Hey, Kiddo illustrated and written by Jarrett J. Krosoczka: Graphic novels are an excellent way to get teens interested in reading. This one in particular is really engaging and interesting because it’s autobiographical, and follows Krosoczka from his birth through his teenage years. Jarrett J. Krosoczka didn’t have the easiest childhood. He was raised by his grandparents due to his mother’s battle with addiction. Themes of this novel focus on the impact addiction can have on a family, and how art helped Krosoczka survive and thrive as he got older. 

One of Us Is Lying by Karen M. McManus: Karen M. McManus creates a great page turner with her engaging mysteries. One of Us Is Lying is the first of a series of books in which the teen protagonist is entangled in a mystery that they must solve. This first book starts with five teens in detention, but by the time detention is over, only four teens walk out alive. This book will keep your teen wanting to know what happens next, and the ending is one they won’t see coming. 


And Then There Were None by Agatha Christie: You might be surprised to see Agatha Christie on this list, but she is called the “queen of crime” for a reason. And Then There Were None is a novel that is occasionally taught in schools, but many students haven’t had the opportunity to read this one yet, and it is definitely a fun read. This classic mystery is about a group of individuals who do not know one another, but were invited unexpectedly and mysteriously to a dinner on an island. In each of their rooms they find a creepy framed poem about murders and as the night goes on the guests start to be murdered off just as described in the poem. This one will keep teens on the edge of their seats.

Unwind by Neal Shusterman: Neal Shusterman has written many YA hits, and his dystopian/sci-fi novels can lead to riveting discussions. Unwind is the first of a series which focuses on a futuristic world where parents have the ability to sign an order for their child between 13-18 years old to be taken to be “unwound,” a process in which the teen is dissected and their body parts are used for later use. I would say this one would be better for older teens due to the violence in it.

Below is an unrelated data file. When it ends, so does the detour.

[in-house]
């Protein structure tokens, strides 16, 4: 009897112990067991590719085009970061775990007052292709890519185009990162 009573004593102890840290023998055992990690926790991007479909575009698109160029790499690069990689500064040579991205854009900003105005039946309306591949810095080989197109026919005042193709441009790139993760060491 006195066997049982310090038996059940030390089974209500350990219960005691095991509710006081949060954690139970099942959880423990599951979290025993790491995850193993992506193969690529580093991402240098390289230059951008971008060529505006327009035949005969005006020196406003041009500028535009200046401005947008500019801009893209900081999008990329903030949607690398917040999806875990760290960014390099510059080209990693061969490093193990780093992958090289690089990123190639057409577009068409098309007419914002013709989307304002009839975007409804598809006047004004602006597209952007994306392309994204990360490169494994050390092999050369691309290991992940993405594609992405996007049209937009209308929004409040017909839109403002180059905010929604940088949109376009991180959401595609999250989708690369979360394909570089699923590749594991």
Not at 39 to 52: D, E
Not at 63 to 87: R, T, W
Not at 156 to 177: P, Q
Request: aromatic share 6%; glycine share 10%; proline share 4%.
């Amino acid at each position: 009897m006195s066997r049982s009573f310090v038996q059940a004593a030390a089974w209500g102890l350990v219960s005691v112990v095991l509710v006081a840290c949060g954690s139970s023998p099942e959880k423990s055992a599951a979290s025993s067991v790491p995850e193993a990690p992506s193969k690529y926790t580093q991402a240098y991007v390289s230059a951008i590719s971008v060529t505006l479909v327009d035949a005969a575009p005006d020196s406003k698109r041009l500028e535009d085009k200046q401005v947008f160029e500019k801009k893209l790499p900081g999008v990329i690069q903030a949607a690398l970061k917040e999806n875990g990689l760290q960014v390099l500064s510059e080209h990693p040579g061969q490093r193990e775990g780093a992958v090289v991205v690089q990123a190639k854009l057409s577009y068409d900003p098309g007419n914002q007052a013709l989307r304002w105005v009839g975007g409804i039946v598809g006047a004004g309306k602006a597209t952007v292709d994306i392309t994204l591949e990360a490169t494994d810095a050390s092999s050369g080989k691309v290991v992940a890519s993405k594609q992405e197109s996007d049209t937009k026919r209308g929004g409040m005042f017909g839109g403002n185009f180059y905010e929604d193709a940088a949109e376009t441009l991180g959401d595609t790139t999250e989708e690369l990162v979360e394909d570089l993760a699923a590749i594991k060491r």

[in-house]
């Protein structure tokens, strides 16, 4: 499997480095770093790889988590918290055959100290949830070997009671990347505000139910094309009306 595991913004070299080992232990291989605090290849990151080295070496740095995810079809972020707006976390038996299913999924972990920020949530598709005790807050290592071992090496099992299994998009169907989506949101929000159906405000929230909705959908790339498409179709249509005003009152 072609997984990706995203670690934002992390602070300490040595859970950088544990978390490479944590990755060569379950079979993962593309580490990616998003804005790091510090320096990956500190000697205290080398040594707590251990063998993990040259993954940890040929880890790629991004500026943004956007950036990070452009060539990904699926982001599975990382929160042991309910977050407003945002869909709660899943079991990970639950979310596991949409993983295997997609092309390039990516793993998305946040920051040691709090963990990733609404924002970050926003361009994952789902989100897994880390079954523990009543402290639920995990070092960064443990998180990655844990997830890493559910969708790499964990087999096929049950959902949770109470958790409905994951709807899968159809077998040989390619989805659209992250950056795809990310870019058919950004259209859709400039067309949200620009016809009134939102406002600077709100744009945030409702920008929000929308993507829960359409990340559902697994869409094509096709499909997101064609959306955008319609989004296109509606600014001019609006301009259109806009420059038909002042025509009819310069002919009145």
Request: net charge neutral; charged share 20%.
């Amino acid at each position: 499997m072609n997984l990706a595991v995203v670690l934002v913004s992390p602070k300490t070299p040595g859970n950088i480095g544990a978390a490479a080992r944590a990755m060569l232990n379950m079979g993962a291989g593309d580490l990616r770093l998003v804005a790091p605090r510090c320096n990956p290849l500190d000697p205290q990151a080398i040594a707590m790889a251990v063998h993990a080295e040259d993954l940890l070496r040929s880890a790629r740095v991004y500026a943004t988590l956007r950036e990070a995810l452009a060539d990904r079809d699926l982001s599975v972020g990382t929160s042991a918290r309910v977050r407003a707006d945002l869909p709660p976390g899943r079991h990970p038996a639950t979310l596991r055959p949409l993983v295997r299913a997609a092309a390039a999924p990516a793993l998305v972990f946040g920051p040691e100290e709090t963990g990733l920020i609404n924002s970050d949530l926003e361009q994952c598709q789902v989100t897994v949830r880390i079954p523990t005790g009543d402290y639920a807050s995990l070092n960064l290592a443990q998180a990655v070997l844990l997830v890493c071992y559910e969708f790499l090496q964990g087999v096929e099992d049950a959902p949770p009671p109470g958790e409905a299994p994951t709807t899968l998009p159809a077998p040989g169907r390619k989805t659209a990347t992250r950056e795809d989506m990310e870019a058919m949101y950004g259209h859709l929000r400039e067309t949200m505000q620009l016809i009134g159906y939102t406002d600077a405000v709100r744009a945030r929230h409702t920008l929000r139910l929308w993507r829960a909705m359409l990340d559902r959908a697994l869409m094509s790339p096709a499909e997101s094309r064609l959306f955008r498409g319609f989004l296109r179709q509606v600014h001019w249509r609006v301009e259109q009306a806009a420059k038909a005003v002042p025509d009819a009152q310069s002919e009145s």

The Fault in Our Stars by John Green: John Green has been such a force in YA romance novels. If you have a teen who loves a good love story, and doesn’t necessarily mind reading about the heartbreak that can come with love, Green might be the author for them. The Fault in Our Stars might be one of his most well known novels and is about a teen girl who has lived a life defined by her terminal illness, but when she meets a new boy at the cancer support group, her life begins to find a new meaning.  


Speak by Laurie Halse Anderson: The copy of Speak that I have in my classroom library is definitely very worn out from so many students borrowing it, and is probably the one that gets borrowed the most each year. Speak is a novel about a freshman girl, Melinda, who is an outcast at school because she called the cops at an end-of-summer party. What nobody realizes, because they won’t talk to her, is that at that party she was raped by an upperclassman who is at her school. Melinda’s secret trauma silences her, but throughout the book she begins to heal with the help of her love for art, and she eventually finds her voice again.  

The Hero Code: Lessons Learned from Lives Well Lived by Admiral William H. McRaven: Nonfiction stories can be so powerful and interesting, especially for teens that aren’t too into fantasy/dystopian/romance type books. The Hero Code is written by Admiral McRaven, a Navy SEAL, and features lessons he’s learned in his 37 years in the military. What I really liked about this book is that there are numerous short stories that revolve around each lesson being taught. And while each chapter does include military stories, he also connects the lessons to everyday life. This is a great book for anyone, but a teen who is interested in the military might particularly enjoy this one.   

These books are written for young adults, but like all forms of entertainment, if you’re unsure of the appropriateness, give it a read ahead of time to make sure it’s right for your teen.